Should master trusts adopt CDC?

Last month, a roundtable looked at the future of CDC and whether master trusts are well-placed to provide such an arrangement. Kim Kaveh reports

Earlier this year, pensions and financial inclusion minister Guy Opperman announced the government will proceed with legislation to implement collective defined contribution (CDC) schemes.

It will be introduced slowly, starting with Royal Mail, which has been working with the government and the Communication Workers Union to develop the proposals which went out to consultation last November.

The government is further considering how to roll out CDC more widely, which means some of the big players in the market could consider offering this provision. This includes DC master trusts which have either been authorised, or are awaiting their fate from The Pensions Regulator (TPR) as part of a regime which kicked off last October.

At a CDC roundtable hosted by Salvus and AllianceBernstein on 22 May to debate who is best placed to offer this type of arrangement, speakers were generally positive about master trusts doing so, but had varied ideas on how this should play out.

Some agreed there should be different models of CDC, such as First Actuarial director Henry Tapper. He said: “I can see lots of different types of structures for schemes with different membership demographics in master trust type structures which would embrace CDC.”

Punter Southall Governance Services client director Gerald Wellesley agreed, adding that hopefully there will be different brands that employers can align themselves with.

“There is the opportunity of getting the “different flavours” of CDC and the market will probably grab it, because all of the problems with accumulation are just going to escalate further.

“Post authorisation we will have the credibility of master trusts which might be a driver of something solid to kick this off. So I don’t see any real barriers apart from getting the legal framework in place.”

If CDC was to be introduced for master trusts, it would likely be in the form of secondary legislation. As Pinsent Masons pensions partner Matthew De Ferrars pointed out, “they would be introduced as regulations rather than new acts so it would be easier to get through that legislation for other types of schemes [such as master trusts] rather than getting it through parliament”.

Communication

However, if master trusts were to offer CDC, communication would have to be on point. De Ferrars said: “If master trusts can demonstrate to employers it’s a very clear, clean communication package, [then] it’s going to be pretty convincing as a proposition.”

Master trusts would also need to be able to show how they would distribute CDC. Tapper agreed, adding that this must be done in “absolute detail”, so that people can turn around and say “ah, that’s what’s working, that’s what isn’t working”.

He added: “People have to have the right to get out of a CDC arrangement if they don’t think it’s going to work. I think that is absolutely critical. If you enter into an invested contract with limited amounts of solvency stuff around the outside, and you feel uncomfortable about that you’ve got to be able to walk away.”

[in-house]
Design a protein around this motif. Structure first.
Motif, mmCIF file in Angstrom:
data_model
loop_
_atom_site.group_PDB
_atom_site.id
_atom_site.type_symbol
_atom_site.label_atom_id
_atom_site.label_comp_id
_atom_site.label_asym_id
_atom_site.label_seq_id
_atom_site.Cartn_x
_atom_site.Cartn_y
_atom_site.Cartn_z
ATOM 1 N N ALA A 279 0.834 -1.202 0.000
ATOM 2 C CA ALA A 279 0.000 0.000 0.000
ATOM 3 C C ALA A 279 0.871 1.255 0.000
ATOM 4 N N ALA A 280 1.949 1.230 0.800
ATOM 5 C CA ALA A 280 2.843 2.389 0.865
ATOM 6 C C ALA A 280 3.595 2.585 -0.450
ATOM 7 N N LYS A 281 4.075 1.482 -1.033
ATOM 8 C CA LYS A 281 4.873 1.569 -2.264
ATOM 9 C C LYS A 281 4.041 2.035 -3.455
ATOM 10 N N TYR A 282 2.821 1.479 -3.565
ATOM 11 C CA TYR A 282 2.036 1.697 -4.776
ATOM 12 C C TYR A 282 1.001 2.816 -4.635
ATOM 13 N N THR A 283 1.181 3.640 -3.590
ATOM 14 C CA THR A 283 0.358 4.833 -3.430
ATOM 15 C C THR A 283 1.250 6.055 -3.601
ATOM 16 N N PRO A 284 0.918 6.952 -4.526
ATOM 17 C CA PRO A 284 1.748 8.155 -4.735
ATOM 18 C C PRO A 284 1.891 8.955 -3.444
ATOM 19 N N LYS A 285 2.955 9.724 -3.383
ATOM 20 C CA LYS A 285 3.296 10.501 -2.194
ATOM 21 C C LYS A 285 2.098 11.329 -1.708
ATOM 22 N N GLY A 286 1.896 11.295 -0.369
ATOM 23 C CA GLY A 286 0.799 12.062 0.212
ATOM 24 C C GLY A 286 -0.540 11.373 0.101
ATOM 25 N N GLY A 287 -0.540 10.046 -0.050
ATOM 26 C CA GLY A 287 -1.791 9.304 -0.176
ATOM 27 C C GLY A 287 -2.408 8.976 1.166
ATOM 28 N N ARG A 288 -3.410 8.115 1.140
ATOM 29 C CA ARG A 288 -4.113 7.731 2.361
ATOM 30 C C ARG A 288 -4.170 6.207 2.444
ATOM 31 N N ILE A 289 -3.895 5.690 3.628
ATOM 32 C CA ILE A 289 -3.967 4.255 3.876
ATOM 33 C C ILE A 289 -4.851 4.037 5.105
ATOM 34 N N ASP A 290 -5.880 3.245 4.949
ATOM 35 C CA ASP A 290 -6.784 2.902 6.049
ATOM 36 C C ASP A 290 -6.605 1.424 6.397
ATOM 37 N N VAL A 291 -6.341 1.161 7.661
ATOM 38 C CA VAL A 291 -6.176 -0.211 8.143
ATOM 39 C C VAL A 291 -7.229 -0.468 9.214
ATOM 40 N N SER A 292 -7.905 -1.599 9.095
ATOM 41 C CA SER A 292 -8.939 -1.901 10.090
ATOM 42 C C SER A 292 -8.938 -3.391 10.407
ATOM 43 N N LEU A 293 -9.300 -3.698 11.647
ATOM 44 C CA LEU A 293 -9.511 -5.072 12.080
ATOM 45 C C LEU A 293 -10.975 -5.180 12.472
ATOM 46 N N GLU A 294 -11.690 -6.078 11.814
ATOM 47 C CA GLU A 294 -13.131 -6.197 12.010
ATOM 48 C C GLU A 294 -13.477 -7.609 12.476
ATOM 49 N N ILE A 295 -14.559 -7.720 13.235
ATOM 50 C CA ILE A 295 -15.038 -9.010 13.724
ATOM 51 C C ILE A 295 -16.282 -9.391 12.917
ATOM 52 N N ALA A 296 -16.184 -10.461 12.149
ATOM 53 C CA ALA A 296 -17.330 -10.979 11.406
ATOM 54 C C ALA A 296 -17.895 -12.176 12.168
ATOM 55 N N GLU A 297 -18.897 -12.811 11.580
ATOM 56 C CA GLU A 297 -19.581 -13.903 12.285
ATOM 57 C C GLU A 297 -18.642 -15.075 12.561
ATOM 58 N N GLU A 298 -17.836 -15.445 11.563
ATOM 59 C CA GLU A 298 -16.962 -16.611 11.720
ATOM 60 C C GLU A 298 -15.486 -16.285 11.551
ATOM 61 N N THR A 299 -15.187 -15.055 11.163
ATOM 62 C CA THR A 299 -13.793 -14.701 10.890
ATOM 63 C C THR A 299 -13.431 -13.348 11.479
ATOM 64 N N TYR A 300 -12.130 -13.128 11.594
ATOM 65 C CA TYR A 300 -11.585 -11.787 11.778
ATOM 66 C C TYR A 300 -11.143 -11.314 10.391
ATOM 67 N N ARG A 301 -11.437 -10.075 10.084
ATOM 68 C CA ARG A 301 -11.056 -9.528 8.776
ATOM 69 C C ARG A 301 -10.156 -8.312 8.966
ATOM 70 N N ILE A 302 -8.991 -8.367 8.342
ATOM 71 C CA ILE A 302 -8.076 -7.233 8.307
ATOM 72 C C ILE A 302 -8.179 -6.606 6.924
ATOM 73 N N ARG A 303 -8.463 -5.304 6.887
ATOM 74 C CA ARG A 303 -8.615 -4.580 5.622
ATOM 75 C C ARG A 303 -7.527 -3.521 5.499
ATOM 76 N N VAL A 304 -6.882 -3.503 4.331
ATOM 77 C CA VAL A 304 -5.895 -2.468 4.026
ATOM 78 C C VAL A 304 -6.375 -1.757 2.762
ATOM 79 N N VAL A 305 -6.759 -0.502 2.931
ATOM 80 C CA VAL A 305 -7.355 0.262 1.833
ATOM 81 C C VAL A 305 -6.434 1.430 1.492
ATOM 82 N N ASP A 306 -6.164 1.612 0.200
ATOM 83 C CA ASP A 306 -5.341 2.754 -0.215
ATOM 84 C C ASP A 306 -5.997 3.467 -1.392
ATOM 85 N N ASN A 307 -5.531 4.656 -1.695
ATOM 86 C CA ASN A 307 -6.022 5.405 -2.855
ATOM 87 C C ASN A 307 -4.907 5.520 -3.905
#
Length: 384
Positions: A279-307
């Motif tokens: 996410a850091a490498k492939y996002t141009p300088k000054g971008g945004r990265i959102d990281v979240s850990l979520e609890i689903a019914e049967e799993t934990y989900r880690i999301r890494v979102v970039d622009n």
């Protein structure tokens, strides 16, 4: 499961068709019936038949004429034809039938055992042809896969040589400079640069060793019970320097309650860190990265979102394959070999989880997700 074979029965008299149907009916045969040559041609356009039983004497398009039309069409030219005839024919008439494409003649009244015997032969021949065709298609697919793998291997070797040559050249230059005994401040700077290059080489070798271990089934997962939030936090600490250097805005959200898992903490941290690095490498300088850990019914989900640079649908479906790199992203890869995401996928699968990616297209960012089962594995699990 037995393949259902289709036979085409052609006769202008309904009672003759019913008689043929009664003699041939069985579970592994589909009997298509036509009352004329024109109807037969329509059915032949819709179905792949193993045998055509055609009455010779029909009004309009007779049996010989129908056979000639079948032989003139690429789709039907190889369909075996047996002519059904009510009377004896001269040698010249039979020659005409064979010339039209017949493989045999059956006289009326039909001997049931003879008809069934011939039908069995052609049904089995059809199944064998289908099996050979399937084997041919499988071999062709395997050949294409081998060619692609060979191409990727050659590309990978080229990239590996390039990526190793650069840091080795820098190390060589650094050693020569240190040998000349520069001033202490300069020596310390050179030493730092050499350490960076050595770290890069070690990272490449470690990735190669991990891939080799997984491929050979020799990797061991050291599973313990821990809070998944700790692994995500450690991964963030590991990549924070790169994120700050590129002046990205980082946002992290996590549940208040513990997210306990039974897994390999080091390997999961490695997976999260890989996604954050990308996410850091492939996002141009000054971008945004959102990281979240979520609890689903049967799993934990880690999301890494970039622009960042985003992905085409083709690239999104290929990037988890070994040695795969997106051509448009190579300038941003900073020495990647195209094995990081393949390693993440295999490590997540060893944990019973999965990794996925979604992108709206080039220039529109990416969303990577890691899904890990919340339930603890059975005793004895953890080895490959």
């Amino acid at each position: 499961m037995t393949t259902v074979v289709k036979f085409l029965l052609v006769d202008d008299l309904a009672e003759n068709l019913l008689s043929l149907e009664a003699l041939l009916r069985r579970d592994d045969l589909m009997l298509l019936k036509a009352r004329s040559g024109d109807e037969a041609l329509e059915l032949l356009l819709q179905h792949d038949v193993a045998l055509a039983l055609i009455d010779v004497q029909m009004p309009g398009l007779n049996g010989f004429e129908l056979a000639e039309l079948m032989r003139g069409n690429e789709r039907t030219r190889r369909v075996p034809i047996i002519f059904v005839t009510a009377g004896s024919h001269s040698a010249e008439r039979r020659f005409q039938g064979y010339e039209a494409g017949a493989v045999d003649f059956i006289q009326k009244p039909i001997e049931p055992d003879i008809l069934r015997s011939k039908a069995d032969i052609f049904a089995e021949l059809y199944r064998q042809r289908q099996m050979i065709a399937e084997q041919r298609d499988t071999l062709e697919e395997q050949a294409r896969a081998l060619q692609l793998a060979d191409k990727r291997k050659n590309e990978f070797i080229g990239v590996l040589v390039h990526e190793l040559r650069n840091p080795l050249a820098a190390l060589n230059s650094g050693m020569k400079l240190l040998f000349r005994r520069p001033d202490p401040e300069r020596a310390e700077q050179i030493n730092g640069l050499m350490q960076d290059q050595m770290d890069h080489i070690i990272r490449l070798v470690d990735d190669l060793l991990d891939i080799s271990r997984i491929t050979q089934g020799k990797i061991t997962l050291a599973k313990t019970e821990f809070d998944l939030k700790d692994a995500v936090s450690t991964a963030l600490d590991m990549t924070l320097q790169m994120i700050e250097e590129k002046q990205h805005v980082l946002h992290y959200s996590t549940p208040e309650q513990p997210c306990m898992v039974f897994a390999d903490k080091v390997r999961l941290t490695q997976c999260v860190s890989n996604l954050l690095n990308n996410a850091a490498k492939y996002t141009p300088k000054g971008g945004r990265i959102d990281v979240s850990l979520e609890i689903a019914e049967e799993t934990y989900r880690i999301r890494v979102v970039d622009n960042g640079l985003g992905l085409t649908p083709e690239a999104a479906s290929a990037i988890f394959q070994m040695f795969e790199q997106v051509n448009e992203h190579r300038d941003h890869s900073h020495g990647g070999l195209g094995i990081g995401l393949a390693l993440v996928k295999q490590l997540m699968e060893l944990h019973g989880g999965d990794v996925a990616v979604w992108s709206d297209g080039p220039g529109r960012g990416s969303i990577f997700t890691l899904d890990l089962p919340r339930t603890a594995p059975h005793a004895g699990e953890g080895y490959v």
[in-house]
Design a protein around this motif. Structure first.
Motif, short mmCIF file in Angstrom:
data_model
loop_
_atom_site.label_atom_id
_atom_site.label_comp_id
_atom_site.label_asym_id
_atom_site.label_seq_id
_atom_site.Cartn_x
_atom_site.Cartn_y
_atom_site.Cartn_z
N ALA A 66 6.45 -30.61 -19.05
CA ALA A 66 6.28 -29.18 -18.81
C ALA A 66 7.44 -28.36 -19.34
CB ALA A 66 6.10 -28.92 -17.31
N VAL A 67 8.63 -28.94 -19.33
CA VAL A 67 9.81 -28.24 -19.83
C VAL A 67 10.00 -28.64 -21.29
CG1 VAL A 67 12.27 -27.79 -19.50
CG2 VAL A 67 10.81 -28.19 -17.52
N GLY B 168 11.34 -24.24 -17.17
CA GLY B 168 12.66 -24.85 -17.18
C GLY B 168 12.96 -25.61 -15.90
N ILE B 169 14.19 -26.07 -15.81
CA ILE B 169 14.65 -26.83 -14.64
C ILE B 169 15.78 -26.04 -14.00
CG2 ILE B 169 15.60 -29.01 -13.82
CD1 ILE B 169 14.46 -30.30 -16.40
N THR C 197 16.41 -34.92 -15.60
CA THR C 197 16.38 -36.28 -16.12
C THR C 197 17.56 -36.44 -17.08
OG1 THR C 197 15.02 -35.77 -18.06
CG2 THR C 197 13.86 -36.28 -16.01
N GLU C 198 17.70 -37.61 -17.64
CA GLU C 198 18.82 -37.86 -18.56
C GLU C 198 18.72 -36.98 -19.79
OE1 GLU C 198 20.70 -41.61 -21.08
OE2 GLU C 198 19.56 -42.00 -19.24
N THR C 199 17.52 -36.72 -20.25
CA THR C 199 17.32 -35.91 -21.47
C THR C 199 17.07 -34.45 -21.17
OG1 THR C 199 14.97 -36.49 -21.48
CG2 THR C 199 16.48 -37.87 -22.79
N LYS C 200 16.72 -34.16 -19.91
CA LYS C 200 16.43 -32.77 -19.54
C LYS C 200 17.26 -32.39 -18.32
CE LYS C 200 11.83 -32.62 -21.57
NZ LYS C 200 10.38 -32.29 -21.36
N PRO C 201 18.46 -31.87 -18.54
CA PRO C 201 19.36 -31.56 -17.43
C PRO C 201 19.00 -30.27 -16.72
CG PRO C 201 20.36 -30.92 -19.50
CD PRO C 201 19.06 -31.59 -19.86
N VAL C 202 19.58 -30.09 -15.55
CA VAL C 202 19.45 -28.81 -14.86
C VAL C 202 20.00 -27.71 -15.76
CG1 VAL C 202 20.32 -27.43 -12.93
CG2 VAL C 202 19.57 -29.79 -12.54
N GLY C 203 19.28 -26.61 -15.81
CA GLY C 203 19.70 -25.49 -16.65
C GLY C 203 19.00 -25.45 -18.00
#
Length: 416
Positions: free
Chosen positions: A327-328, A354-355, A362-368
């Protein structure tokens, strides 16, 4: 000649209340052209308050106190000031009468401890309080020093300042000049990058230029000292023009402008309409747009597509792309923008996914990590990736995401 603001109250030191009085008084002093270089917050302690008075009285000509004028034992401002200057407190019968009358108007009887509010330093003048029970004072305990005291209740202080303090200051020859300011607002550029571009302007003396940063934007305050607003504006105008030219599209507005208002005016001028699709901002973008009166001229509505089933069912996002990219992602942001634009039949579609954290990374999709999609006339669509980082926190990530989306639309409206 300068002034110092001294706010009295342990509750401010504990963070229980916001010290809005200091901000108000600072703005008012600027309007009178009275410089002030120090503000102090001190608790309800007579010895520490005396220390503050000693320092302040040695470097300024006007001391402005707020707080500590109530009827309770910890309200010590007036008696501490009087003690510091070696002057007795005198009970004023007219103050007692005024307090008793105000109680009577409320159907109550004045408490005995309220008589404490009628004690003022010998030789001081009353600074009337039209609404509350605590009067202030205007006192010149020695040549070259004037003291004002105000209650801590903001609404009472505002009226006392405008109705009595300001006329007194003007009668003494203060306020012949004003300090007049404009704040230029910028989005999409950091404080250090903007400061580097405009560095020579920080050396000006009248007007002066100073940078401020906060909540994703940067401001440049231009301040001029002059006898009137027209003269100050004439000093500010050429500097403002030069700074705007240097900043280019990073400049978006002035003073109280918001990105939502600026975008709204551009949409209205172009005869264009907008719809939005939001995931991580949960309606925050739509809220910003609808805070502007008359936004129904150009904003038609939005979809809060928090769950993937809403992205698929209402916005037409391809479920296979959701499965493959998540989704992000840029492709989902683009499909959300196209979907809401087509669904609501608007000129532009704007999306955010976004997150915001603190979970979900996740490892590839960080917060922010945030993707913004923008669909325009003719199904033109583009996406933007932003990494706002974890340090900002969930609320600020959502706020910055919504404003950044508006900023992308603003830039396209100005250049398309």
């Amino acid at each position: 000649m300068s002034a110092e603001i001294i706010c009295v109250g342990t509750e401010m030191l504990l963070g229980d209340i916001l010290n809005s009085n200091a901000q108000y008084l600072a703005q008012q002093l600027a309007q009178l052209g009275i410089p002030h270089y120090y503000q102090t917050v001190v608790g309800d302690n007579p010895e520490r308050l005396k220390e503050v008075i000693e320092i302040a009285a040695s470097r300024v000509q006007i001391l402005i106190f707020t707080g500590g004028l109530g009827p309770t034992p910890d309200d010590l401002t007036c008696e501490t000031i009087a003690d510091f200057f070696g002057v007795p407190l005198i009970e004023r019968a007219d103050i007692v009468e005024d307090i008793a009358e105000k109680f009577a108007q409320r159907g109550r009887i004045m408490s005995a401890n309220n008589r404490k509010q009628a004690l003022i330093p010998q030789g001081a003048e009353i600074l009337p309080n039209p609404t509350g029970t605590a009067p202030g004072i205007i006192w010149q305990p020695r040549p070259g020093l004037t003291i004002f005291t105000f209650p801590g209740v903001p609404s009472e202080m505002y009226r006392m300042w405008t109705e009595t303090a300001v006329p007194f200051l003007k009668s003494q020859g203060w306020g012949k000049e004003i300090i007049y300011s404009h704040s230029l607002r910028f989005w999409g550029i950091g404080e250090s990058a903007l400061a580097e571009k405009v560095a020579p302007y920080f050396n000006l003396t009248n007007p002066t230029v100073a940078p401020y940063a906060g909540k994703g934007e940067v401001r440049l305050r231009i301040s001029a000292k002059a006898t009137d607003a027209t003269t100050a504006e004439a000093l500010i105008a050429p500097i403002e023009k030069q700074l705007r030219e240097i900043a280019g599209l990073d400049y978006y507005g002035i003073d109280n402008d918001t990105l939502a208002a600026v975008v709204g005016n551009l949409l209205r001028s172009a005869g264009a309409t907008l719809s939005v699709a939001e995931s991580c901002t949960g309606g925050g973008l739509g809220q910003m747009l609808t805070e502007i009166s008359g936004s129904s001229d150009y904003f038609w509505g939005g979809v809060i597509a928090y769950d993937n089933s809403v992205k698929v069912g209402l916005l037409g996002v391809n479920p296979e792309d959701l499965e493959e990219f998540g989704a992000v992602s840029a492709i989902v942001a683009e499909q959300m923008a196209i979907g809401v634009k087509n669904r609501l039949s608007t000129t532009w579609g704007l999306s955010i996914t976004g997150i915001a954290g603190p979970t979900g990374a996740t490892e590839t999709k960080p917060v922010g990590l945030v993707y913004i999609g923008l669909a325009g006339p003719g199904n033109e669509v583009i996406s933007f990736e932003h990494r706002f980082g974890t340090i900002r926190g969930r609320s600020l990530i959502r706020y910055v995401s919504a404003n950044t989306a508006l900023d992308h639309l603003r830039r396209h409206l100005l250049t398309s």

It is also essential to have safeguards to ensure master trusts are behaving properly, and so that there is trust in the system.

As De Ferrars noted, the starting point is the authorisation regime so the regulator’s going to have a “bird’s eye” on that.

“Then it’s about the governance of the arrangement – so the trustee board, tried and tested approaches from defined benefit and defined contribution, and the raising of standards.”

Risks

The speakers also discussed which risks would be shared between employers and employees.

According to Tapper, one really interesting question to ask is whether people should opt into CDC or if they should be co-opted in by their employers.

“I think the risks are entirely different if people choose to be in CDC, than if an employer chooses for them to be in CDC because the employer effectively takes some kind of decision on behalf of the members and has completely different responsibilities, which you would under auto-enrolment.

“Whereas, if the member chooses, they will be making a conscious decision to be opting in and taking the risk. Consumers would not have to get a financial adviser or have to worry about the markets going up and down, which is immensely attractive to consumers.

“People don’t want to have to make a whole lot of tough decisions about longevity, drawdown rates, investment strategies and all that stuff. So they would want an easy default option, and that’s where the CDC thing scores.

“So my vision of CDC is that when it becomes part of a triage process, which would happen over time, people would opt into it rather than something that employers drive for their staff.”

But there are also drawbacks such as ongoing complexity with CDC arrangements.

De Ferrars explained: “Employers have sort of moved away from schemes where you need lawyers and actuaries and to go back to that is going to be a bit of an ask, particularly when you’ve got the need for two actuaries potentially and valuations every year. Our hands could be tied by the regulatory framework.”

Now that master trusts are operating under a regime which instils good governance, introducing CDC could be a good idea to boost members’ retirement pots. But this should not be rushed, and communication must be on point.